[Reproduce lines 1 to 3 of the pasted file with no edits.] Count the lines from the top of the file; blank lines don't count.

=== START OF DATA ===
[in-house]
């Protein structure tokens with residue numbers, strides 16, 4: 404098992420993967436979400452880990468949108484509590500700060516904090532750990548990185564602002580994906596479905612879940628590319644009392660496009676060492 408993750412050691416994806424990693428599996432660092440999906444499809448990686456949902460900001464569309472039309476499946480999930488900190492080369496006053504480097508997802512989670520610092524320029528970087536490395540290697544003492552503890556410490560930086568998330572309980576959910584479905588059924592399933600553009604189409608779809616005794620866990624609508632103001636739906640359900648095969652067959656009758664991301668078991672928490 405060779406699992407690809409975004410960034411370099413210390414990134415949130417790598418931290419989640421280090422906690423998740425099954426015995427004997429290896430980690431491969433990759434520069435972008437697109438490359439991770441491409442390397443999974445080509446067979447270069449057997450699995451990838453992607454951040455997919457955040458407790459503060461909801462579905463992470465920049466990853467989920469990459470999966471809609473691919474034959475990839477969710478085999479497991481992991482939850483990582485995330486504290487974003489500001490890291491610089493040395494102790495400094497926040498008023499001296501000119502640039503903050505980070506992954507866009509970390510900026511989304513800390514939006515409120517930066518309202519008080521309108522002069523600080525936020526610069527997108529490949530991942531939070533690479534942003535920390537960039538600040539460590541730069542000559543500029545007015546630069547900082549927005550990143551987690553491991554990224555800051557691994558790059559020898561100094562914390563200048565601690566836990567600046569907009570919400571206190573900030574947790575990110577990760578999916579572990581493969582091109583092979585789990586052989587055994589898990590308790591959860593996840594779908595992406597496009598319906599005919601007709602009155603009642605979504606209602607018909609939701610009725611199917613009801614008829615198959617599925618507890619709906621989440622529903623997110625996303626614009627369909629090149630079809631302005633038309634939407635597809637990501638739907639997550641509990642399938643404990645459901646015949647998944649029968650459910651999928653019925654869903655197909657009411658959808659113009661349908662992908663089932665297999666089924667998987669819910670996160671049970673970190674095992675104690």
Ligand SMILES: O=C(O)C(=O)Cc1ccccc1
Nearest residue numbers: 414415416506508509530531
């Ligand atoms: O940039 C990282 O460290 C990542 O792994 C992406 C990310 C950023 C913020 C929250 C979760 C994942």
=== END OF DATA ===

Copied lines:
[in-house]
């Protein structure tokens with residue numbers, strides 16, 4: 404098992420993967436979400452880990468949108484509590500700060516904090532750990548990185564602002580994906596479905612879940628590319644009392660496009676060492 408993750412050691416994806424990693428599996432660092440999906444499809448990686456949902460900001464569309472039309476499946480999930488900190492080369496006053504480097508997802512989670520610092524320029528970087536490395540290697544003492552503890556410490560930086568998330572309980576959910584479905588059924592399933600553009604189409608779809616005794620866990624609508632103001636739906640359900648095969652067959656009758664991301668078991672928490 405060779406699992407690809409975004410960034411370099413210390414990134415949130417790598418931290419989640421280090422906690423998740425099954426015995427004997429290896430980690431491969433990759434520069435972008437697109438490359439991770441491409442390397443999974445080509446067979447270069449057997450699995451990838453992607454951040455997919457955040458407790459503060461909801462579905463992470465920049466990853467989920469990459470999966471809609473691919474034959475990839477969710478085999479497991481992991482939850483990582485995330486504290487974003489500001490890291491610089493040395494102790495400094497926040498008023499001296501000119502640039503903050505980070506992954507866009509970390510900026511989304513800390514939006515409120517930066518309202519008080521309108522002069523600080525936020526610069527997108529490949530991942531939070533690479534942003535920390537960039538600040539460590541730069542000559543500029545007015546630069547900082549927005550990143551987690553491991554990224555800051557691994558790059559020898561100094562914390563200048565601690566836990567600046569907009570919400571206190573900030574947790575990110577990760578999916579572990581493969582091109583092979585789990586052989587055994589898990590308790591959860593996840594779908595992406597496009598319906599005919601007709602009155603009642605979504606209602607018909609939701610009725611199917613009801614008829615198959617599925618507890619709906621989440622529903623997110625996303626614009627369909629090149630079809631302005633038309634939407635597809637990501638739907639997550641509990642399938643404990645459901646015949647998944649029968650459910651999928653019925654869903655197909657009411658959808659113009661349908662992908663089932665297999666089924667998987669819910670996160671049970673970190674095992675104690």
Ligand SMILES: O=C(O)C(=O)Cc1ccccc1